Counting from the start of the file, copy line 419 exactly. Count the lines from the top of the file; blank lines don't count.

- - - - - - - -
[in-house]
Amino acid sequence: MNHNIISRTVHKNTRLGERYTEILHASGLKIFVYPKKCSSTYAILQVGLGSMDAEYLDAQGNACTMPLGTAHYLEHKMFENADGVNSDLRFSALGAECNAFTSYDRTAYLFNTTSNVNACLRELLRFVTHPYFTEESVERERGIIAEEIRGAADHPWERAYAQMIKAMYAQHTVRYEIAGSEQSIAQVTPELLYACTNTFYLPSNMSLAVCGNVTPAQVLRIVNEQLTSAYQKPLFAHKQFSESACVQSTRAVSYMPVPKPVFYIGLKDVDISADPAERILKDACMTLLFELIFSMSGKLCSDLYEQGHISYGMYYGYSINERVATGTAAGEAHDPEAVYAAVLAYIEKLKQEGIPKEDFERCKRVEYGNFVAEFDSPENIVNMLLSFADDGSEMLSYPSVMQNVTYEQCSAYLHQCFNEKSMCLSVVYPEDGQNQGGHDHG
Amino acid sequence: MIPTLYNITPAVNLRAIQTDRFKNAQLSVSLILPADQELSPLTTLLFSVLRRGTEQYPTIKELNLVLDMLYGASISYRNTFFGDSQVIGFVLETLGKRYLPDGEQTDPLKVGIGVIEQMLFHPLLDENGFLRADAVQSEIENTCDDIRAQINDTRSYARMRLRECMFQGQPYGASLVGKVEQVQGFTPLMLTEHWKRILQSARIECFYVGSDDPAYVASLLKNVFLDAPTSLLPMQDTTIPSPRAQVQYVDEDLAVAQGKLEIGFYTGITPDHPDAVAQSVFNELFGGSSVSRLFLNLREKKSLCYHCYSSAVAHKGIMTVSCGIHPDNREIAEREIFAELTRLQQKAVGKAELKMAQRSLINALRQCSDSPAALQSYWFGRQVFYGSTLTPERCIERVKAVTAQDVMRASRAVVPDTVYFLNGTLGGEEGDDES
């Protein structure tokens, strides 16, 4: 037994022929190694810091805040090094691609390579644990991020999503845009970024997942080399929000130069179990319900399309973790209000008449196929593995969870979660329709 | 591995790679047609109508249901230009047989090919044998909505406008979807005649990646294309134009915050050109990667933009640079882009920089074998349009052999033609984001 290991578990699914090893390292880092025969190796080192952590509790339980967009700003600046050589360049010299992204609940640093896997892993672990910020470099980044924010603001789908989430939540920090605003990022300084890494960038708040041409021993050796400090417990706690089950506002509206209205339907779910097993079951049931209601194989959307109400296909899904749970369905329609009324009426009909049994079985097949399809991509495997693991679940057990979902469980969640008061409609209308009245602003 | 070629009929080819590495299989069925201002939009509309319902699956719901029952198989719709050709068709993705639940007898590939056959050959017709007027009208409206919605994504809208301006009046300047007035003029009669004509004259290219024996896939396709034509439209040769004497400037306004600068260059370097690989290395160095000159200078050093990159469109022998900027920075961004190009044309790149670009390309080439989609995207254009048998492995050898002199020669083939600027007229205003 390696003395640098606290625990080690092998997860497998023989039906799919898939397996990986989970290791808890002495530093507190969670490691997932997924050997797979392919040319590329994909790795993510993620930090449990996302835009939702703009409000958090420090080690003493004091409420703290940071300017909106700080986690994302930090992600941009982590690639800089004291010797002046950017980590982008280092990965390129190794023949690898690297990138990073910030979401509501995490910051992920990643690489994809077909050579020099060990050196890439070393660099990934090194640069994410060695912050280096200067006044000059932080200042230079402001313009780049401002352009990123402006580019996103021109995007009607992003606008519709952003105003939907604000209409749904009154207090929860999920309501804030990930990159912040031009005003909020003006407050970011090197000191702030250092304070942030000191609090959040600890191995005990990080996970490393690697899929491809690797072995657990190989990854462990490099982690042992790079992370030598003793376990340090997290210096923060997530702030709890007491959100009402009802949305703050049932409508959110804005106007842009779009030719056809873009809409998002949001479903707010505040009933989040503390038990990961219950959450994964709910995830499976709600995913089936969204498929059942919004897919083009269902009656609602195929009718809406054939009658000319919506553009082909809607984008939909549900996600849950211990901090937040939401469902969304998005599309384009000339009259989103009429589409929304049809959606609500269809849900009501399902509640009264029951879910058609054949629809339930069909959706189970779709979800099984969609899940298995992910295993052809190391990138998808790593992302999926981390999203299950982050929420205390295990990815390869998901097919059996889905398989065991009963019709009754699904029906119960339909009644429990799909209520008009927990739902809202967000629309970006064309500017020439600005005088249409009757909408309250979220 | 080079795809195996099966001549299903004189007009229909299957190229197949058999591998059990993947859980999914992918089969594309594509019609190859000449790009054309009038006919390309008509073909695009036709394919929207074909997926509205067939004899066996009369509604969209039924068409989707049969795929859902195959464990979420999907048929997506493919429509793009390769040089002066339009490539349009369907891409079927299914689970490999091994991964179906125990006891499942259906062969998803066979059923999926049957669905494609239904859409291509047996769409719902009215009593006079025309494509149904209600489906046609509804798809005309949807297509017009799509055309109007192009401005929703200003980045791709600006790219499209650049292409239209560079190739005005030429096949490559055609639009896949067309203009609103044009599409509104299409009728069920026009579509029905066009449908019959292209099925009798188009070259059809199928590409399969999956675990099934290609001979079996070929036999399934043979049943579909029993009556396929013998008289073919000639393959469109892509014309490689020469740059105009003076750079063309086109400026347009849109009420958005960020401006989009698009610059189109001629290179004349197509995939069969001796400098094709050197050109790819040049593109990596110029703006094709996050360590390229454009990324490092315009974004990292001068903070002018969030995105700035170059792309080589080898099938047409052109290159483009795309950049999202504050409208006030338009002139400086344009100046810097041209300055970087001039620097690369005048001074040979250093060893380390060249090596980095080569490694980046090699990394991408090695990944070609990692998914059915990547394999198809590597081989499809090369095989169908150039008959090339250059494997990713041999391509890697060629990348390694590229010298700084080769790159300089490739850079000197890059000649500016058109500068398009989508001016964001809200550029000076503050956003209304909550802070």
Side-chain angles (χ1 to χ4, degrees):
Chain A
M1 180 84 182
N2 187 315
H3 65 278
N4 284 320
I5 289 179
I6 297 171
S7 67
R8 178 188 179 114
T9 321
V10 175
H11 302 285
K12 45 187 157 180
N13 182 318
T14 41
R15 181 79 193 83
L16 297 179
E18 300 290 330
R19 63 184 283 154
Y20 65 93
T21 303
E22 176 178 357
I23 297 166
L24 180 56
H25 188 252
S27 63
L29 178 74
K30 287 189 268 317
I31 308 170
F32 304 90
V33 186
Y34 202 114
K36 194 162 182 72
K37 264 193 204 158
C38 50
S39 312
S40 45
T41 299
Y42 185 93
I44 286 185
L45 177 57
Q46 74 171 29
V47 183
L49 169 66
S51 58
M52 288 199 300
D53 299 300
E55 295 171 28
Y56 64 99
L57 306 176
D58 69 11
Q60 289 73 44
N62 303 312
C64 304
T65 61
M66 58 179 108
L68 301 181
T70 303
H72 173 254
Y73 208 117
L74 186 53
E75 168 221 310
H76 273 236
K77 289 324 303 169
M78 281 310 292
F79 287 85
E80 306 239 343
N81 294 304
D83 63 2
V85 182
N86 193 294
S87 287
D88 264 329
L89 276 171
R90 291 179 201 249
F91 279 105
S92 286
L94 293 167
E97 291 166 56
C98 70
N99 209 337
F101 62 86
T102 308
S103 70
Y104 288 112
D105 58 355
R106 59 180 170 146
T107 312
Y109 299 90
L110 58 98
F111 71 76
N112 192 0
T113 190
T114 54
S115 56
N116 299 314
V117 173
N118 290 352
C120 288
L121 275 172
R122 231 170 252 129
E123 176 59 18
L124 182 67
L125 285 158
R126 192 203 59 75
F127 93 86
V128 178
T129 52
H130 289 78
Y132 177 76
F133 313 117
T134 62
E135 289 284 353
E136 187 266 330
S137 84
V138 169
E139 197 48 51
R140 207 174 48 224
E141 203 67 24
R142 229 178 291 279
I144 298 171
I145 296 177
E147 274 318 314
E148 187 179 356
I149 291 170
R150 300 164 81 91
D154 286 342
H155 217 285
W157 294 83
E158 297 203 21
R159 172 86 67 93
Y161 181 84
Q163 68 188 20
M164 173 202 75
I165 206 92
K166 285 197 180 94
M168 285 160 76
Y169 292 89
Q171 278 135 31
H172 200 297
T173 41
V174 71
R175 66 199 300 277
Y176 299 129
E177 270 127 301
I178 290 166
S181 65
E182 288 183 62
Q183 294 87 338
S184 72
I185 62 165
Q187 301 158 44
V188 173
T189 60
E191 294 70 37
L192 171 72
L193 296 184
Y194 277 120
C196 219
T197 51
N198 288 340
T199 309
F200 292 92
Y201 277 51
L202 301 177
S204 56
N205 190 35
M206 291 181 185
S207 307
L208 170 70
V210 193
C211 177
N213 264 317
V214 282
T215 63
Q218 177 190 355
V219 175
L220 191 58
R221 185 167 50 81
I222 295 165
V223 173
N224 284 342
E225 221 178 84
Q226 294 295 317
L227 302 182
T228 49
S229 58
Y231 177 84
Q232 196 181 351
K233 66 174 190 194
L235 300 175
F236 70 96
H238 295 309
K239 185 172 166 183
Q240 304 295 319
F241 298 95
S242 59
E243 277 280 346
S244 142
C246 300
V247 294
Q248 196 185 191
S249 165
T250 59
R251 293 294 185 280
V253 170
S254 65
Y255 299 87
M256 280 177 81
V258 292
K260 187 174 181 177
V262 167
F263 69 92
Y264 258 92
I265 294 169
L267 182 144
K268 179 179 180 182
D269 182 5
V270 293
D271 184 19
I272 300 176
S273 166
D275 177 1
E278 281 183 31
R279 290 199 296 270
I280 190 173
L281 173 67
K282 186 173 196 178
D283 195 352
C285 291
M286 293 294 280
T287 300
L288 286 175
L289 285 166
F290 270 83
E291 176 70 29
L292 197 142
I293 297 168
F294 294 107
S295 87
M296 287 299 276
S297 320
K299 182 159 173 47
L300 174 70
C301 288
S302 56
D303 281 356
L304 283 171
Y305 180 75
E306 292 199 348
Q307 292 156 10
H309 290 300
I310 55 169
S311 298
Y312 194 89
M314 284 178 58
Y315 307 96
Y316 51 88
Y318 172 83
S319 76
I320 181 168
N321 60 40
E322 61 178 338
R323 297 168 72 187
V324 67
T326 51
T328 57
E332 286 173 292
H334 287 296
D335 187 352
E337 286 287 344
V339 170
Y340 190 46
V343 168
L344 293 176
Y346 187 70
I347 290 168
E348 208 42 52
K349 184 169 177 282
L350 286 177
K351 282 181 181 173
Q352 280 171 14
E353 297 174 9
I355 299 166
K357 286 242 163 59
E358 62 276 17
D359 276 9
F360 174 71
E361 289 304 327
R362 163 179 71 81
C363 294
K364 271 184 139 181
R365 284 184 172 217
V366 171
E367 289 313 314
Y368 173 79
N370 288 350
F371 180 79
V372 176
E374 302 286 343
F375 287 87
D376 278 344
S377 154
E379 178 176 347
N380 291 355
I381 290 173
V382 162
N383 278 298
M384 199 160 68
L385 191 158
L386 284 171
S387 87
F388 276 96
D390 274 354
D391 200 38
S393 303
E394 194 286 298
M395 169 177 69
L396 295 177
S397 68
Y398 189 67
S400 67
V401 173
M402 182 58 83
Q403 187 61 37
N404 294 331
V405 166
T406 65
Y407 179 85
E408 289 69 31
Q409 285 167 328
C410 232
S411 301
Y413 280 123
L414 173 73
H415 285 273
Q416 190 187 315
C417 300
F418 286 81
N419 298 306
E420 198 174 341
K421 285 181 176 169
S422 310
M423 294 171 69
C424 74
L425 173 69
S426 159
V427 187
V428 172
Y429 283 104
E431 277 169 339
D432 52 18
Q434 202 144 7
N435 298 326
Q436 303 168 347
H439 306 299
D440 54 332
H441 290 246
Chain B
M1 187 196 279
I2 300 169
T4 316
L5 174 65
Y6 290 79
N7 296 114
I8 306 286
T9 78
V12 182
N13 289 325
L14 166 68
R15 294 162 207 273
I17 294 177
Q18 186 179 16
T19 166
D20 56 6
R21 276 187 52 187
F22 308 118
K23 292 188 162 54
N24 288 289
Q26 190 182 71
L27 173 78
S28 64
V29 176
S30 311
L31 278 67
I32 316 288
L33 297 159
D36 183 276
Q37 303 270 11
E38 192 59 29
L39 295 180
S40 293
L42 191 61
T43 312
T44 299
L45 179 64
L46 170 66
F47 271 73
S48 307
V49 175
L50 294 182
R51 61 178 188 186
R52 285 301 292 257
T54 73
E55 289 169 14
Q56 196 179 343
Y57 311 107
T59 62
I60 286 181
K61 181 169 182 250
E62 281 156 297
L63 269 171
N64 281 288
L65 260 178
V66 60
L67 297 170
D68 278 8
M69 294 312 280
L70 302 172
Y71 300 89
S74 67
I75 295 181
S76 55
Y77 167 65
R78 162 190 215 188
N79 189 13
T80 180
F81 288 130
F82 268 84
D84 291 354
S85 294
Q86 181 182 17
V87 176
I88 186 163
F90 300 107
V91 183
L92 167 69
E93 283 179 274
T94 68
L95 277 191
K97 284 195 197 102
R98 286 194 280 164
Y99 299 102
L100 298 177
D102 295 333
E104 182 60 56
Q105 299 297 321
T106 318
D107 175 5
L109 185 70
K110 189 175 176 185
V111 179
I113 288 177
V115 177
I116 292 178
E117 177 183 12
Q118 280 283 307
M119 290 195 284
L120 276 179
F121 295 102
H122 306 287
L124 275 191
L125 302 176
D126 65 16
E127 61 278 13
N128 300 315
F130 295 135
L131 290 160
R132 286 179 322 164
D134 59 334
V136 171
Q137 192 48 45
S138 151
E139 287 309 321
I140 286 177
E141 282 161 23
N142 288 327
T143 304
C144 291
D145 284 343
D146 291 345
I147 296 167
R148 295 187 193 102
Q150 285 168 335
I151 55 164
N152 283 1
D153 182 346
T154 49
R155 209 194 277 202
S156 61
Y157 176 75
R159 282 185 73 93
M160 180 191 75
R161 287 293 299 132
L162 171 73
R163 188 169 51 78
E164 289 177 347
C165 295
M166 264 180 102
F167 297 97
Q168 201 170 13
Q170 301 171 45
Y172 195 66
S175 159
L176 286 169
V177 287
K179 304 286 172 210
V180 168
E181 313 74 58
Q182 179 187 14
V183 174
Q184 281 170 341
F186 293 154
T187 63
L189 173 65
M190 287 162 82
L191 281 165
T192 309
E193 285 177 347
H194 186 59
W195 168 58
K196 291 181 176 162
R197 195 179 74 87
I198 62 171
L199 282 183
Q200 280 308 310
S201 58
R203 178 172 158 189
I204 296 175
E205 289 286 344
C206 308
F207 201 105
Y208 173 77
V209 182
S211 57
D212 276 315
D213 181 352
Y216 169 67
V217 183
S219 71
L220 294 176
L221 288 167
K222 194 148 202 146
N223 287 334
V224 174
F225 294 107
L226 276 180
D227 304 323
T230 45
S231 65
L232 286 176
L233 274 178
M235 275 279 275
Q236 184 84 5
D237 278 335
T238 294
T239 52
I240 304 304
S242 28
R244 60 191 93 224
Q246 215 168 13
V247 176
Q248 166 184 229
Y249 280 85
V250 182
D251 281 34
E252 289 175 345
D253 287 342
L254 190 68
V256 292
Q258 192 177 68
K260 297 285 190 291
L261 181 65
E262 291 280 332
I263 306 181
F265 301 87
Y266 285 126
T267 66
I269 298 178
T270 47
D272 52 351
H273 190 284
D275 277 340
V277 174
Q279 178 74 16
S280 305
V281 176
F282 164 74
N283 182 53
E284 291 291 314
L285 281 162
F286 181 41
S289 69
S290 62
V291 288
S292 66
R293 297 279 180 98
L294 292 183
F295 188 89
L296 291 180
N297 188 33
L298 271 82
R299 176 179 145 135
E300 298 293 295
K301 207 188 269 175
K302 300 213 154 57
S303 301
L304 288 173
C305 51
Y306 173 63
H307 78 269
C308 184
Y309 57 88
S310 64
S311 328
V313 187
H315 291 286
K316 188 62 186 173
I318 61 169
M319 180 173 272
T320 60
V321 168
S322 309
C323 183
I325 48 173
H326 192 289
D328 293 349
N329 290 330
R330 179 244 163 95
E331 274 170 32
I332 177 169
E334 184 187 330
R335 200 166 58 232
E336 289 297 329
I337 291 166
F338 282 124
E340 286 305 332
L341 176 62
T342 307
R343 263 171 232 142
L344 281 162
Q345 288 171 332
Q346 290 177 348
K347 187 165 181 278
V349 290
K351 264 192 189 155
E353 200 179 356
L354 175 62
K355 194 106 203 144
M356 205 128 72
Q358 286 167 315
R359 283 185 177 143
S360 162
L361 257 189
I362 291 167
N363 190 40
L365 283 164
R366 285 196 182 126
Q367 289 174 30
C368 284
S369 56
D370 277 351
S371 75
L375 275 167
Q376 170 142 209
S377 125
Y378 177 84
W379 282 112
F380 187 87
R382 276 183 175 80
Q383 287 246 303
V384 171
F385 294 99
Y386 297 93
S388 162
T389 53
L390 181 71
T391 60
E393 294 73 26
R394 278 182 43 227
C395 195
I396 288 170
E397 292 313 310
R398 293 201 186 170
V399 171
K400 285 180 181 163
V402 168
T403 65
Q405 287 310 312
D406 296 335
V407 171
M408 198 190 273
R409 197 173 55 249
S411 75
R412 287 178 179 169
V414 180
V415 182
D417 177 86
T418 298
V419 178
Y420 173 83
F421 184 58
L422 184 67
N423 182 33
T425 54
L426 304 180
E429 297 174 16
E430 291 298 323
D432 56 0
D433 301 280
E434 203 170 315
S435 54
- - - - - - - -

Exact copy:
L65 260 178